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Transcript of interview with Patrick Condren, ABC Radio 4QR, Brisbane, 10 July 1996

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CONDREN: Federal Opposition Leader, Kim Beazley, good morning.

BEAZLEY: Good to be here.

CONDREN: Thanks for your time. There are a number of issues in Queensland at the moment, not the least of which is the controversial Port Hinchinbrook development that was stopped by the previous Labor Federal Government. It's

been described as the next green battle ground. Which side will you be on?

BEAZLEY: Well, we made pretty clear our position, of course, some time ago when we decided that the project was environmentally unsafe. We did that on good, scientific advice. We noted the sensitive position where it is - in a world heritage area - but, above all, adjacent to what is arguably Australia's greatest tourist

attraction. And where there is absolutely a need to balance preserving the attraction with the developments that enable people to see it, and I'd be very interested to see what is emerging as a very weak Environmental Minister in Mr Hill has got to say to justify his change.

CONDREN: Given that it's going to be good for this State's economy, why shouldn't it go ahead?

BEAZLEY: There's a lot of things that would be good for this State's economy, including if there'd been a conclusion reached with Comalco on getting up in place a decent processing plant which would have been many billions of dollars worth of

investment here but which the State Government has allowed to walk. So, there's much that would be good for the Queensland economy, and jobs here are important. We've got a Federal Government slashing jobs in Queensland so jobs are always going to be very much on people's minds. But there'll be no jobs in the

environmental or tourism industry if Queensland's great environmental attractions go out the window. So, let's take a look at what they now say, Mr Hill now says, is the overwhelming scientific evidence which has changed the view, if you like, of the Federal Government, in this case. You don't have a lot of confidence when it's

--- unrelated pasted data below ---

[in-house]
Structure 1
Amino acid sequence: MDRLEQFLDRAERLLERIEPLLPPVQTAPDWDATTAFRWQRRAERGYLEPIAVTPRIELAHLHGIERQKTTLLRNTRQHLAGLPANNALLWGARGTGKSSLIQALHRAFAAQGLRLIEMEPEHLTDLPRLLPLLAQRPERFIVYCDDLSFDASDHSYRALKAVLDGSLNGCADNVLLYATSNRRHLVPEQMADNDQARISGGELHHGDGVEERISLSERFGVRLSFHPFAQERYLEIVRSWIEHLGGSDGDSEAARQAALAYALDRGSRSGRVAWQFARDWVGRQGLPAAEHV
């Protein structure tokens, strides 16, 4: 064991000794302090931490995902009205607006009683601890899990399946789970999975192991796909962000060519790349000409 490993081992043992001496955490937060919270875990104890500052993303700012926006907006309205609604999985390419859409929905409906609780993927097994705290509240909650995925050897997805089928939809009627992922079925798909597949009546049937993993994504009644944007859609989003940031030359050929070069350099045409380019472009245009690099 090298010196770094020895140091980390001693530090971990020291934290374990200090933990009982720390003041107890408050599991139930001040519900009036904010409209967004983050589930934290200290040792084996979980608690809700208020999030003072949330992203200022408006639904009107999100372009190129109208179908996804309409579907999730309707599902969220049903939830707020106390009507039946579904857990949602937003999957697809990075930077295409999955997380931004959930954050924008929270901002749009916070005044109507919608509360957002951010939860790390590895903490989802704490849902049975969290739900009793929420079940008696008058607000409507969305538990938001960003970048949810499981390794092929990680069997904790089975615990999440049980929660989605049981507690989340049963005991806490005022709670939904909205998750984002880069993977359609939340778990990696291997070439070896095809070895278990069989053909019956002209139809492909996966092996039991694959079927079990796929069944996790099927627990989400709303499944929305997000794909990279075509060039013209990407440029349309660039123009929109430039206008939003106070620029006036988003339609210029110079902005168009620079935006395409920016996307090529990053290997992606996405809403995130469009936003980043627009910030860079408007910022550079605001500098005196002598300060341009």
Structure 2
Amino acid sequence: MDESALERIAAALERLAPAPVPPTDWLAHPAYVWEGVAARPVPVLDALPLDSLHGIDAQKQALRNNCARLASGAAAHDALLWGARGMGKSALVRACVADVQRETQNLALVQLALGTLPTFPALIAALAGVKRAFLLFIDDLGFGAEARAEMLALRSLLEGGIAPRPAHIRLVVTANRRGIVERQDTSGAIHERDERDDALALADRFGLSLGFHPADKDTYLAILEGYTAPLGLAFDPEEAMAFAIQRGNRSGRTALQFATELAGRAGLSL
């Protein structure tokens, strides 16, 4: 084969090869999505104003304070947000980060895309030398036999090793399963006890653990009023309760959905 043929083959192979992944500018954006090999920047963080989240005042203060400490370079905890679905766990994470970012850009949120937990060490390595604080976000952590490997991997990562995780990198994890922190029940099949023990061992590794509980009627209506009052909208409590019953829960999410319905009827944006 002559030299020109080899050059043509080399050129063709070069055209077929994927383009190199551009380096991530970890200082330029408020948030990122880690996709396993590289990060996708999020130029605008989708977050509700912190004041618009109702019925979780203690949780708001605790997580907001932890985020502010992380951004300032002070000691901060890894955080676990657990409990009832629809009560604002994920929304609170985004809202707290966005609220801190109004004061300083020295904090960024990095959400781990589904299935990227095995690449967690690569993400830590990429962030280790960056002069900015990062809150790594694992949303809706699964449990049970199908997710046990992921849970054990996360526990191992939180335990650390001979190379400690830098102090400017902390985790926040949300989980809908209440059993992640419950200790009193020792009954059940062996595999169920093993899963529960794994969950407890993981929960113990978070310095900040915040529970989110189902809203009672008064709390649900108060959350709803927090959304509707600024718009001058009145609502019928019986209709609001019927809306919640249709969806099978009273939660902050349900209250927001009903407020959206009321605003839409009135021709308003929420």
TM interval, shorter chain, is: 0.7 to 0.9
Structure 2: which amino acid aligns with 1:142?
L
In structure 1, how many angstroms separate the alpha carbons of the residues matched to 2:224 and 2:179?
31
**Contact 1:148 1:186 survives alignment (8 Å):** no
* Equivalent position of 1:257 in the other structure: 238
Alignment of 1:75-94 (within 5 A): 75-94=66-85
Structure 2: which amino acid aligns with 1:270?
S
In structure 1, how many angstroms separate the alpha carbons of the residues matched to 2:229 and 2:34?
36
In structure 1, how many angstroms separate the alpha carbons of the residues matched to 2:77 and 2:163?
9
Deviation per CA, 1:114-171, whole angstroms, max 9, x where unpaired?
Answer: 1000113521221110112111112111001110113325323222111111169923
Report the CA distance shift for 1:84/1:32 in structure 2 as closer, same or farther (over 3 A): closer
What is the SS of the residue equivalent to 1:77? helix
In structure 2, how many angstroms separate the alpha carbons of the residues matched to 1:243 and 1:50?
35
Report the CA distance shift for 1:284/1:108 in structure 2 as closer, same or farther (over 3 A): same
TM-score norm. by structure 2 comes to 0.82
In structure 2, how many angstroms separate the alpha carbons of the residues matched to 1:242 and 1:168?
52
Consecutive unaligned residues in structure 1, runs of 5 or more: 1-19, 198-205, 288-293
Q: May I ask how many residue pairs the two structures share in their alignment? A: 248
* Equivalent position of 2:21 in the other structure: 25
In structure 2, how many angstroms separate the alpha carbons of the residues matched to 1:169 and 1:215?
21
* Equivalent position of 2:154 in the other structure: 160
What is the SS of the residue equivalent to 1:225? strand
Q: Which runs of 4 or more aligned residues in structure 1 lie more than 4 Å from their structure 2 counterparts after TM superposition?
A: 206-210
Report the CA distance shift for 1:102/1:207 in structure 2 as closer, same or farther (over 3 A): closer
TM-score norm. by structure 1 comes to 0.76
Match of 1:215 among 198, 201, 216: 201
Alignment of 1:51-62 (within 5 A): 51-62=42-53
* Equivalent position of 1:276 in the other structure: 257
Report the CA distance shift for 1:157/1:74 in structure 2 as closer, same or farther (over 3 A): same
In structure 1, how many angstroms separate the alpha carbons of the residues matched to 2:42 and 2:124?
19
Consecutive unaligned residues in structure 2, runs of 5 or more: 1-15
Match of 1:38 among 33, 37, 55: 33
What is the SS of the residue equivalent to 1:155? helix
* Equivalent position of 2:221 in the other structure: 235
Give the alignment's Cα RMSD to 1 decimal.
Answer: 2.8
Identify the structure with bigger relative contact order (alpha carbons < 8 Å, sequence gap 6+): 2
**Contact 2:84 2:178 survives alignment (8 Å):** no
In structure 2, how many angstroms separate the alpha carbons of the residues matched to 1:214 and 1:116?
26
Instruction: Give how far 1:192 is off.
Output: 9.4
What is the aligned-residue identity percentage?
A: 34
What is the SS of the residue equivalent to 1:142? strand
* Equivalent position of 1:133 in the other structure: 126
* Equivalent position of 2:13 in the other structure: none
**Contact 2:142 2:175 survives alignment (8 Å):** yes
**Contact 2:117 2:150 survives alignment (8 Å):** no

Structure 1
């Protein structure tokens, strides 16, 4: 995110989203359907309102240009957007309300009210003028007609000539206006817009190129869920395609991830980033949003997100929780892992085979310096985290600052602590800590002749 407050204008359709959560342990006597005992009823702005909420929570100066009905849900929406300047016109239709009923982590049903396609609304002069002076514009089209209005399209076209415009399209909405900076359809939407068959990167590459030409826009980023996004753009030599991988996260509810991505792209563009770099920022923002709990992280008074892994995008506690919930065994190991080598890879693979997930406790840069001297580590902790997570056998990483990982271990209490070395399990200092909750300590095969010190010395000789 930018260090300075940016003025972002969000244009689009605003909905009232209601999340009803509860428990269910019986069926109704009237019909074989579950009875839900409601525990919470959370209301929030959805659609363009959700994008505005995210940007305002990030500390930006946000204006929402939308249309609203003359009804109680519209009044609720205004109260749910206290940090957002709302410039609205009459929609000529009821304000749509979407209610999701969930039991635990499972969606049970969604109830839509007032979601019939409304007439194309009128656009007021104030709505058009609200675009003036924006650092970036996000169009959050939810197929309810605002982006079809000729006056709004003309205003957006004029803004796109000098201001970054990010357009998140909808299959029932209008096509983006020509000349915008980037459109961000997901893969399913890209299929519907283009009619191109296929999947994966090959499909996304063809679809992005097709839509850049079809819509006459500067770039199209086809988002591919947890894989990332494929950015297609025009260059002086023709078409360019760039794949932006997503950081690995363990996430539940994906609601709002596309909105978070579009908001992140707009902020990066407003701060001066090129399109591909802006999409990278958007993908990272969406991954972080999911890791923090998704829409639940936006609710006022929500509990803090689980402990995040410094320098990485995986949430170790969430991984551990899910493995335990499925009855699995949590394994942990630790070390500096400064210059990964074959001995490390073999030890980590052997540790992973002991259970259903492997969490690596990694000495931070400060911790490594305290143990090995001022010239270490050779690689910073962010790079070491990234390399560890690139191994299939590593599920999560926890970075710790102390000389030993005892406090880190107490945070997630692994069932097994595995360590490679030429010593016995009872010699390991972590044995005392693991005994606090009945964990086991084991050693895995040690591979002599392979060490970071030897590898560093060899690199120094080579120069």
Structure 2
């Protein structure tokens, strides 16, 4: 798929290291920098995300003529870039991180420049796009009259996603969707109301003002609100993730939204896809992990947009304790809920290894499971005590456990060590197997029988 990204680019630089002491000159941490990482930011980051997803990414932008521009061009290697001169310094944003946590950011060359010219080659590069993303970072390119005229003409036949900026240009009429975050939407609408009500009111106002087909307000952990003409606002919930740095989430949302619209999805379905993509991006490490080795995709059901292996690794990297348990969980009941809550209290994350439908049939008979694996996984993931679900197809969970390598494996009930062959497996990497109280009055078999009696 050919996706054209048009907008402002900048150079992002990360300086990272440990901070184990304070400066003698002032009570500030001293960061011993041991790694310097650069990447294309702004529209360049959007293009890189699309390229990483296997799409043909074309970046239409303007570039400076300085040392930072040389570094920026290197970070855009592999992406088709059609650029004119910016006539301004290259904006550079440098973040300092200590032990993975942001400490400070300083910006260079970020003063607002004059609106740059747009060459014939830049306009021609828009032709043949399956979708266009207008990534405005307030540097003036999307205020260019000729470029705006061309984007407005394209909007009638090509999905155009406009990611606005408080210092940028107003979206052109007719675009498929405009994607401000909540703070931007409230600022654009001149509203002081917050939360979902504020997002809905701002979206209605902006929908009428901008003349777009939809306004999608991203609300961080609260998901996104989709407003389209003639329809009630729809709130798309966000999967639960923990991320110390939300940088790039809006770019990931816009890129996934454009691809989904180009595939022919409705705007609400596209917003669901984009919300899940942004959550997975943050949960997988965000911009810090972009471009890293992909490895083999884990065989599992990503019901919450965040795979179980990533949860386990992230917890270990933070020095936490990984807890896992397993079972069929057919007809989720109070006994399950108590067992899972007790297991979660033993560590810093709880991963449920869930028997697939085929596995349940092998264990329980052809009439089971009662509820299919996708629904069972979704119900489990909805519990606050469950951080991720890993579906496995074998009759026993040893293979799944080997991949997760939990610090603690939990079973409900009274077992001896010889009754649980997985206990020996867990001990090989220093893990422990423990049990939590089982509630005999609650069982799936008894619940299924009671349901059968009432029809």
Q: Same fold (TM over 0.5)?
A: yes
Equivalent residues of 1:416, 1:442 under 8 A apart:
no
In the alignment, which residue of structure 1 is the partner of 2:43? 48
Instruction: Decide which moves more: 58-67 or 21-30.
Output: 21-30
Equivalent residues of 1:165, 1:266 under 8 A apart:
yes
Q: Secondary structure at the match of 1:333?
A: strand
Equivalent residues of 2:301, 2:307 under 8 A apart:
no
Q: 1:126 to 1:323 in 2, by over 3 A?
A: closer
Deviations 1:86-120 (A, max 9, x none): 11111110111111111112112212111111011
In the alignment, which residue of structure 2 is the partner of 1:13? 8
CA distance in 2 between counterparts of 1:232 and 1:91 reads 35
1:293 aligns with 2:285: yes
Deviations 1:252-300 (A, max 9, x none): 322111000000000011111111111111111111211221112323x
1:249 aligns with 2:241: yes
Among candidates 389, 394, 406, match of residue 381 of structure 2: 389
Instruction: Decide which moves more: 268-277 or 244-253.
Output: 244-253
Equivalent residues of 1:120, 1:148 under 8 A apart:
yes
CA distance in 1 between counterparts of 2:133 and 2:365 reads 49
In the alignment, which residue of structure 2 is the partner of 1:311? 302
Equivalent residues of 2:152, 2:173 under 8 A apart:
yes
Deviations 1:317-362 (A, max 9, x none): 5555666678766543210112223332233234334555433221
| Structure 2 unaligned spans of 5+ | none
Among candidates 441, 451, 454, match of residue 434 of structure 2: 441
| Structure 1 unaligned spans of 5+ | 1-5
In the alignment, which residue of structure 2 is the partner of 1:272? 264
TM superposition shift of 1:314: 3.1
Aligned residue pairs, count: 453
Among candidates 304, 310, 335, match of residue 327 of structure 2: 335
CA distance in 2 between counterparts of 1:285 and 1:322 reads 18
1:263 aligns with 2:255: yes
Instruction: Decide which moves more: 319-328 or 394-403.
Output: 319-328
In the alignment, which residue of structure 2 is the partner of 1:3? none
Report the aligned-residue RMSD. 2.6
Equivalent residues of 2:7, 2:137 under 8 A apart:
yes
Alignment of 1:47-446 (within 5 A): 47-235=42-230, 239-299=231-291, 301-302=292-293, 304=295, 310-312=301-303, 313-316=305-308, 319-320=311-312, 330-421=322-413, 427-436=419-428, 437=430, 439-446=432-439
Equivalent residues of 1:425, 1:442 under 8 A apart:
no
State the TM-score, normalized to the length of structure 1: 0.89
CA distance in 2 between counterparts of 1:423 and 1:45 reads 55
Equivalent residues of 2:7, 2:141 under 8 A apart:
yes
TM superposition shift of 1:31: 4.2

announced by Tim Fischer over a radio program where there's a three week period of review. It doesn't sound to me like it's a bunch taking it terribly seriously. COMMONWEALTH PARLIAMENTARY LIBRARY


CONDREN: Another project that's in the headlines in Queensland is Century Zinc. What are your views on that?

BEAZLEY: Well, I think the mine should go ahead. I think that's a view that is shared by just about everybody who looks at this issue. It is an important project for Queensland and it is supported basically by most of the Aboriginal community that is associated with it one way or another. I worry, however, that the Native Title Act has not been given an opportunity to work in this instance and having at last been started belatedly, it is now in the process of being truncated. I mean it's all very well these days to say 'well this is, you know, a hairy-chested, good initiative, get it off the ground,' all the rest of it. If the High Court brings down a chopper on you

because you've got your legislation wrong, then what is supposed to have been a speed up process becomes a massive slow down process. And I'm afraid I don't trust Mr Borbidge's judgement in this area very much.

CONDREN: Why should Century be allowed to go ahead and Port Hinchinbrook not? There's environmental concerns with both.

BEAZLEY: They are two different sets of concerns and the impact of one on a very important area of our environment is clearly much greater than that of the other -CONDREN: So some environmental concerns aren't as arguable as some others?

BEAZLEY: Well, of course. But you're always making 'on balance' judgements like that on questions of the environment, if you do anything at all. The point about a decent amount of environmental testing is not that things don't go ahead, but you know what you're doing when they do go ahead and, if what you're doing is going to create excessive damage, you don't do it. Now in the case of Hinchinbrook, a

process arrived at that conclusion; a process has not arrived at that conclusion in relation to the mine.

CONDREN: With regard to Century, the proposed Borbidge legislation will remove Aborigines from the negotiating process. Is that fair?